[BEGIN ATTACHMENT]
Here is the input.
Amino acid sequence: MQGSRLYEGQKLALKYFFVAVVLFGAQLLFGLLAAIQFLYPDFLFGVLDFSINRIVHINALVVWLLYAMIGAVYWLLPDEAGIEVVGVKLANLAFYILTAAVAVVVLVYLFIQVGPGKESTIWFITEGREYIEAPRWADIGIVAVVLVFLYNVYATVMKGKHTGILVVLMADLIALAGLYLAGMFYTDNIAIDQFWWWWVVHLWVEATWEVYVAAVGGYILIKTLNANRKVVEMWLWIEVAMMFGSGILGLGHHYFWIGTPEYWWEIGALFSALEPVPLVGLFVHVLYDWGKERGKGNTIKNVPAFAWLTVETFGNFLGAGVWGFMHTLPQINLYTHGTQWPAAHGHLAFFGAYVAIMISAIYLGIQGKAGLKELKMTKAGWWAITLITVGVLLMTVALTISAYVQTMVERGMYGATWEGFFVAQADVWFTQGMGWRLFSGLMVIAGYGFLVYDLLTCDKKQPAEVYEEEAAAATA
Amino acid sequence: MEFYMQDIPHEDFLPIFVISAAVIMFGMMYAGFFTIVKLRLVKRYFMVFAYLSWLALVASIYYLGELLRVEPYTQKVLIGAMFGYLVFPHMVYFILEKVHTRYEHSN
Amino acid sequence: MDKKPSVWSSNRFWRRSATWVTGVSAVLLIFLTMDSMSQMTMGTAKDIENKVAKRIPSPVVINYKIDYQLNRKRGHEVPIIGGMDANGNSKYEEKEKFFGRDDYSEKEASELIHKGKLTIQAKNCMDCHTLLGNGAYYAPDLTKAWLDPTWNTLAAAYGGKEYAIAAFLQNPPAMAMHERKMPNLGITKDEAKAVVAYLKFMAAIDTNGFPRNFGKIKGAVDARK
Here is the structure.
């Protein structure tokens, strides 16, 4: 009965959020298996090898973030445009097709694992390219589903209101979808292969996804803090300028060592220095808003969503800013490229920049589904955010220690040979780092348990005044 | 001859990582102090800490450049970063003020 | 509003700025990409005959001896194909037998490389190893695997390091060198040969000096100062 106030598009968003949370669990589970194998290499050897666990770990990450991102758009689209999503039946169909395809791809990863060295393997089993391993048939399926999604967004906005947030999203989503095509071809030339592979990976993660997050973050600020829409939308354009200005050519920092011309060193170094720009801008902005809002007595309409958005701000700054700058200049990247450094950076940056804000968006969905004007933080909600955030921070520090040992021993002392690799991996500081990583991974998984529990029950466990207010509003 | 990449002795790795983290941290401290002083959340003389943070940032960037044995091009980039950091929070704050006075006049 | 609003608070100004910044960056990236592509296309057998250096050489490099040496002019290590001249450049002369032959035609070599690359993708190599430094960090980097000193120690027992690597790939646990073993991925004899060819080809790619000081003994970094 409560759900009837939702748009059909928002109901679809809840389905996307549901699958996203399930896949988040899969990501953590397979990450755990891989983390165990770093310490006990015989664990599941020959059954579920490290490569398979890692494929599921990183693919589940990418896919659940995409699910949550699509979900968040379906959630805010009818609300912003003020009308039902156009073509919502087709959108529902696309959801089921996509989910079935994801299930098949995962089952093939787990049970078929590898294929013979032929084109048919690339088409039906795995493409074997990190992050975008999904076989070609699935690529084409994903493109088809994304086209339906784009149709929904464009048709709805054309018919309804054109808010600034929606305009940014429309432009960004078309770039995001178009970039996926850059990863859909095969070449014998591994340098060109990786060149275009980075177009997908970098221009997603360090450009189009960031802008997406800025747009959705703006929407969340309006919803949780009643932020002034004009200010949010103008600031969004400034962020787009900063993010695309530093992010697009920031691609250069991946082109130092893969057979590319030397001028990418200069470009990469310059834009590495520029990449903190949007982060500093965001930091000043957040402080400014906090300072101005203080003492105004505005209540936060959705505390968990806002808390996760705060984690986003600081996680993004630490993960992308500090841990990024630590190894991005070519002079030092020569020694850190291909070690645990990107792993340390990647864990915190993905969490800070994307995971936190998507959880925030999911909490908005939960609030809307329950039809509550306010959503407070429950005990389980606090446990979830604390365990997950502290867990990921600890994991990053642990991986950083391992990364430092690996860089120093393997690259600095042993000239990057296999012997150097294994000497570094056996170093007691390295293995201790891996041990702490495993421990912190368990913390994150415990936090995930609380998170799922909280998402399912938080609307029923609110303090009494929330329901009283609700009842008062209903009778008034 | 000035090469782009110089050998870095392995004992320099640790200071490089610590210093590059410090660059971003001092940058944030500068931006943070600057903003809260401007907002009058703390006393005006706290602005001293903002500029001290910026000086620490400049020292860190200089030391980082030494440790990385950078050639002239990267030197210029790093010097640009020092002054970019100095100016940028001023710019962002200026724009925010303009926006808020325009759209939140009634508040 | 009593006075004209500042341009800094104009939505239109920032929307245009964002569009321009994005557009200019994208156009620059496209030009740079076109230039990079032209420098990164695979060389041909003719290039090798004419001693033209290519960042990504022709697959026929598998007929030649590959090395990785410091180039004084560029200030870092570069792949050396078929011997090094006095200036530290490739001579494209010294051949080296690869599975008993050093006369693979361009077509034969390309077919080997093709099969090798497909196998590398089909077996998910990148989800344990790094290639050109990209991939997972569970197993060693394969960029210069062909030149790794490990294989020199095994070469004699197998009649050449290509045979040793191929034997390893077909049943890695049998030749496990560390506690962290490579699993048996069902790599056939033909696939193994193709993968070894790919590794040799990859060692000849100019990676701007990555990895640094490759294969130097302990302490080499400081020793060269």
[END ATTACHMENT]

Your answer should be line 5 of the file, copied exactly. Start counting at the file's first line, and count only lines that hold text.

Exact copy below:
Here is the structure.